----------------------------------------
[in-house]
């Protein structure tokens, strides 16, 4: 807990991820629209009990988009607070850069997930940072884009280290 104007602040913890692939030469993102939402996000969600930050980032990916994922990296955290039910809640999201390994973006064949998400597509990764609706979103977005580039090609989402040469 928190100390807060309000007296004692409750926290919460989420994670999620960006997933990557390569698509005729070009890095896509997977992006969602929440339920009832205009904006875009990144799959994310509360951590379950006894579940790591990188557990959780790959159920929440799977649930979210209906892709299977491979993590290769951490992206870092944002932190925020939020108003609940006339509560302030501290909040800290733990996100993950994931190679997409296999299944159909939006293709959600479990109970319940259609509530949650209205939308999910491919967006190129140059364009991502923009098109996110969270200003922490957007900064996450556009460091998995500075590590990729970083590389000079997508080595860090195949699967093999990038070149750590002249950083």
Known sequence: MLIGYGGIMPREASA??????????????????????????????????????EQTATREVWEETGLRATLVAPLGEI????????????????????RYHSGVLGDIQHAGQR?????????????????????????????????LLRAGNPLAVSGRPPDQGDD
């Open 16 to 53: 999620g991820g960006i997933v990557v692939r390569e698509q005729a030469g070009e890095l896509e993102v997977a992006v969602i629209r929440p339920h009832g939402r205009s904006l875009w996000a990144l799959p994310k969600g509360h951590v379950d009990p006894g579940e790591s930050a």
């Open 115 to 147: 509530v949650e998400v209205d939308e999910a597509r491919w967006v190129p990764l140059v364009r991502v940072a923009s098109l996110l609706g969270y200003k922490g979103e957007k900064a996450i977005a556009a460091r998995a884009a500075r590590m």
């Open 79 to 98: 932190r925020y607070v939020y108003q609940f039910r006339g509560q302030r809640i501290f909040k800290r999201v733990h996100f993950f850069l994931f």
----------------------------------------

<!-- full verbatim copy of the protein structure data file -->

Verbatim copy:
[in-house]
């Protein structure tokens, strides 16, 4: 807990991820629209009990988009607070850069997930940072884009280290 104007602040913890692939030469993102939402996000969600930050980032990916994922990296955290039910809640999201390994973006064949998400597509990764609706979103977005580039090609989402040469 928190100390807060309000007296004692409750926290919460989420994670999620960006997933990557390569698509005729070009890095896509997977992006969602929440339920009832205009904006875009990144799959994310509360951590379950006894579940790591990188557990959780790959159920929440799977649930979210209906892709299977491979993590290769951490992206870092944002932190925020939020108003609940006339509560302030501290909040800290733990996100993950994931190679997409296999299944159909939006293709959600479990109970319940259609509530949650209205939308999910491919967006190129140059364009991502923009098109996110969270200003922490957007900064996450556009460091998995500075590590990729970083590389000079997508080595860090195949699967093999990038070149750590002249950083």
Known sequence: MLIGYGGIMPREASA??????????????????????????????????????EQTATREVWEETGLRATLVAPLGEI????????????????????RYHSGVLGDIQHAGQR?????????????????????????????????LLRAGNPLAVSGRPPDQGDD
């Open 16 to 53: 999620g991820g960006i997933v990557v692939r390569e698509q005729a030469g070009e890095l896509e993102v997977a992006v969602i629209r929440p339920h009832g939402r205009s904006l875009w996000a990144l799959p994310k969600g509360h951590v379950d009990p006894g579940e790591s930050a």
């Open 115 to 147: 509530v949650e998400v209205d939308e999910a597509r491919w967006v190129p990764l140059v364009r991502v940072a923009s098109l996110l609706g969270y200003k922490g979103e957007k900064a996450i977005a556009a460091r998995a884009a500075r590590m």
């Open 79 to 98: 932190r925020y607070v939020y108003q609940f039910r006339g509560q302030r809640i501290f909040k800290r999201v733990h996100f993950f850069l994931f």